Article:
The latest storm of the new year has prompted a wind advisory for coastal areas and higher elevations across the Bay Area as well as a high surf advisory for Bay Area beaches, the National Weather Service reported.

    The wind advisory took effect at 1 p.m. Tuesday and expires at 10 a.m. Wednesday, according to the weather service. Southerly winds are expected to range between 20 and 30 mph with gusts reaching 40 to 50 mph at some spots along the coast and in the hills. Some gusts could peak at roughly 60 mph at some of the region's higher peaks.

    The National Weather Service also issued a High Surf Advisory on Wednesday for Marin, San Francisco, San Mateo and Sonoma Counties. The warning is in effect until 9 p.m.

    "Water temperatures remain in the 50s. Use caution when at the beaches and Never turn your back to the ocean," NWS Bay Area tweeted.

    Swells could range between 13 and 17 feet with breaking waves topping out anywhere between 18 and 24 feet. "Favored locations" could see waves soaring above 27 feet.

    Winds ramped up Tuesday night into Wednesday morning, the weather service reported. Strong winds could topple tree limbs and trees, leading to possible power outages.

    When it comes to the rain, the coastal hills and locations in the North Bay are expected to lead the way with 1 to 3 inches of accumulated rainfall on Tuesday and Wednesday, according to the weather service. Other spots around the Bay Area are predicted to receive anywhere from one-quarter to three-quarters of an inch of rain during the two-day span.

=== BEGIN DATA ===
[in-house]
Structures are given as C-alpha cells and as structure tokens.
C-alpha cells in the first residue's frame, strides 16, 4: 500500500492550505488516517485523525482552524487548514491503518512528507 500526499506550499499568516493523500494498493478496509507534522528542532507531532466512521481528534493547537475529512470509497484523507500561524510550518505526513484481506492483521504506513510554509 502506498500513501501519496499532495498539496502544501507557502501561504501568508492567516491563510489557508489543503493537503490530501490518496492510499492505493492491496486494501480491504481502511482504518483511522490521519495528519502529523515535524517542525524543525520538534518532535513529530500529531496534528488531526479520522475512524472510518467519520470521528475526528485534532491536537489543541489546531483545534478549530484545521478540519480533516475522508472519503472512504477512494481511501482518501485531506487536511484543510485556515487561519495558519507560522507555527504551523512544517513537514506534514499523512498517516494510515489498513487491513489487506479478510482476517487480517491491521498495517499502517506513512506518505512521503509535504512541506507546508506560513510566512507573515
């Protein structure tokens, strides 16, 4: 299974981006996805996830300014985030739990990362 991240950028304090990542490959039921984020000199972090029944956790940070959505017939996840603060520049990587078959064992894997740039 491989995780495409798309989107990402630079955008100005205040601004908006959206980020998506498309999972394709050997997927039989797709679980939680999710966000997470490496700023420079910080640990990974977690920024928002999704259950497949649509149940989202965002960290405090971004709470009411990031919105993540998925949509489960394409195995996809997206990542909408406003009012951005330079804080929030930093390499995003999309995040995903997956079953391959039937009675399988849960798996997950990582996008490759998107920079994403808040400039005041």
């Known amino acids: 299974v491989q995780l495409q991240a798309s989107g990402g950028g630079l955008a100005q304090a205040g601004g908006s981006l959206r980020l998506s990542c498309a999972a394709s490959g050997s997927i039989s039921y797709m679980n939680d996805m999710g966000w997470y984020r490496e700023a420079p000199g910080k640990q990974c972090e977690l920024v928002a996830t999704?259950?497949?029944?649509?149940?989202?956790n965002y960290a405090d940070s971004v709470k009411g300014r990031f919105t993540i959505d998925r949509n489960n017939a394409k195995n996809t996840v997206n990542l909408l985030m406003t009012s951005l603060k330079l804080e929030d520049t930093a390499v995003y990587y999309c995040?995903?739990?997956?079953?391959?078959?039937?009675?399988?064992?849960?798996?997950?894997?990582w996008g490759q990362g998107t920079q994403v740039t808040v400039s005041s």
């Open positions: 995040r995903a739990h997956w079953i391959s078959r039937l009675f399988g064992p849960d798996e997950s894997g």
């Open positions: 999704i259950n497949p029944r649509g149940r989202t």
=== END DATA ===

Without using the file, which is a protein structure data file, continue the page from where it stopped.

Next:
The weather service cautioned that roadway flooding, creek and stream flooding, and minor landslides and rockslides could be possible in some areas.

    Chances of thunderstorms were in the forecast on Tuesday and Wednesday for much of the region, the weather service reported.

    Photo Credit: Justin Sullivan/Getty Images
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    <![CDATA[Trial Begins on Challenge by CA, San Jose to Census Question]]>Mon, 07 Jan 2019 18:38:45 -0800https://media.nbcbayarea.com/images/217*120/census_hearing_0107_5598866.JPG

    A seven-day trial began Monday before a federal judge in San Francisco on a challenge to the U.S. Commerce Department's plan to include a citizenship question in the 2020 census.